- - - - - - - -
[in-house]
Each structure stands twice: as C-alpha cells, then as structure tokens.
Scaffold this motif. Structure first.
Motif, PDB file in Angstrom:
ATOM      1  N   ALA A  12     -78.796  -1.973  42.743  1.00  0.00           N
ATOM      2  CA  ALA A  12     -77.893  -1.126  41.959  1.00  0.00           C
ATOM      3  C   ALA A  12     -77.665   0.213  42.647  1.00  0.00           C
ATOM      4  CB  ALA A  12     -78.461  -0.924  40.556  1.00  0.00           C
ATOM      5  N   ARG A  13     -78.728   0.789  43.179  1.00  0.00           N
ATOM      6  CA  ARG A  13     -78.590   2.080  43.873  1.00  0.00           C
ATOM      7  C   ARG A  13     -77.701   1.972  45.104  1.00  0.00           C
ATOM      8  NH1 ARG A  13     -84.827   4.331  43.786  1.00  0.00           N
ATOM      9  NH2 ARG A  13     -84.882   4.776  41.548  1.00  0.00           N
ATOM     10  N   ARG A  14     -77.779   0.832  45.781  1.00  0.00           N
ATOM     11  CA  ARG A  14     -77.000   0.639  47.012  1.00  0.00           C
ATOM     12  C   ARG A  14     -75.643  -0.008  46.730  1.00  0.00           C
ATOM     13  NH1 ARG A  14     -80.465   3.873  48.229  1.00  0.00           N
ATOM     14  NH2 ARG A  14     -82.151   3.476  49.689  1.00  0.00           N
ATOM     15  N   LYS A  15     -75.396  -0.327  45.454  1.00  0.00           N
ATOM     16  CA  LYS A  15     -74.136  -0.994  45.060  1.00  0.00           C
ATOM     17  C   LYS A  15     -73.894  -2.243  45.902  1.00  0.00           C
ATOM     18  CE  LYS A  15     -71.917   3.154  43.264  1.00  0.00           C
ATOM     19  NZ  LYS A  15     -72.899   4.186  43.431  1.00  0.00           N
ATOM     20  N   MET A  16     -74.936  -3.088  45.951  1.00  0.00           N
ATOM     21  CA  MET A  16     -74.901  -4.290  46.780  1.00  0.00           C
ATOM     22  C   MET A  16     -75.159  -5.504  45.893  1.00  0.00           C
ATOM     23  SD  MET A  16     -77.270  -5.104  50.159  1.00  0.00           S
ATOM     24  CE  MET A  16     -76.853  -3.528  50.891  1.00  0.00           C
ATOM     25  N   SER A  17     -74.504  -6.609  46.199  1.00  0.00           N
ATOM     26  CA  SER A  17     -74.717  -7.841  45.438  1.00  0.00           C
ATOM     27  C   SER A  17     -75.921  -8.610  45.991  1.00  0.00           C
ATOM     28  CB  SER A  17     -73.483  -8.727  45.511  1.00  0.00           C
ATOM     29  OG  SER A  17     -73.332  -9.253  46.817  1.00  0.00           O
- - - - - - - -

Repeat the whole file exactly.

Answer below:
[in-house]
Each structure stands twice: as C-alpha cells, then as structure tokens.
Scaffold this motif. Structure first.
Motif, PDB file in Angstrom:
ATOM      1  N   ALA A  12     -78.796  -1.973  42.743  1.00  0.00           N
ATOM      2  CA  ALA A  12     -77.893  -1.126  41.959  1.00  0.00           C
ATOM      3  C   ALA A  12     -77.665   0.213  42.647  1.00  0.00           C
ATOM      4  CB  ALA A  12     -78.461  -0.924  40.556  1.00  0.00           C
ATOM      5  N   ARG A  13     -78.728   0.789  43.179  1.00  0.00           N
ATOM      6  CA  ARG A  13     -78.590   2.080  43.873  1.00  0.00           C
ATOM      7  C   ARG A  13     -77.701   1.972  45.104  1.00  0.00           C
ATOM      8  NH1 ARG A  13     -84.827   4.331  43.786  1.00  0.00           N
ATOM      9  NH2 ARG A  13     -84.882   4.776  41.548  1.00  0.00           N
ATOM     10  N   ARG A  14     -77.779   0.832  45.781  1.00  0.00           N
ATOM     11  CA  ARG A  14     -77.000   0.639  47.012  1.00  0.00           C
ATOM     12  C   ARG A  14     -75.643  -0.008  46.730  1.00  0.00           C
ATOM     13  NH1 ARG A  14     -80.465   3.873  48.229  1.00  0.00           N
ATOM     14  NH2 ARG A  14     -82.151   3.476  49.689  1.00  0.00           N
ATOM     15  N   LYS A  15     -75.396  -0.327  45.454  1.00  0.00           N
ATOM     16  CA  LYS A  15     -74.136  -0.994  45.060  1.00  0.00           C
ATOM     17  C   LYS A  15     -73.894  -2.243  45.902  1.00  0.00           C
ATOM     18  CE  LYS A  15     -71.917   3.154  43.264  1.00  0.00           C
ATOM     19  NZ  LYS A  15     -72.899   4.186  43.431  1.00  0.00           N
ATOM     20  N   MET A  16     -74.936  -3.088  45.951  1.00  0.00           N
ATOM     21  CA  MET A  16     -74.901  -4.290  46.780  1.00  0.00           C
ATOM     22  C   MET A  16     -75.159  -5.504  45.893  1.00  0.00           C
ATOM     23  SD  MET A  16     -77.270  -5.104  50.159  1.00  0.00           S
ATOM     24  CE  MET A  16     -76.853  -3.528  50.891  1.00  0.00           C
ATOM     25  N   SER A  17     -74.504  -6.609  46.199  1.00  0.00           N
ATOM     26  CA  SER A  17     -74.717  -7.841  45.438  1.00  0.00           C
ATOM     27  C   SER A  17     -75.921  -8.610  45.991  1.00  0.00           C
ATOM     28  CB  SER A  17     -73.483  -8.727  45.511  1.00  0.00           C
ATOM     29  OG  SER A  17     -73.332  -9.253  46.817  1.00  0.00           O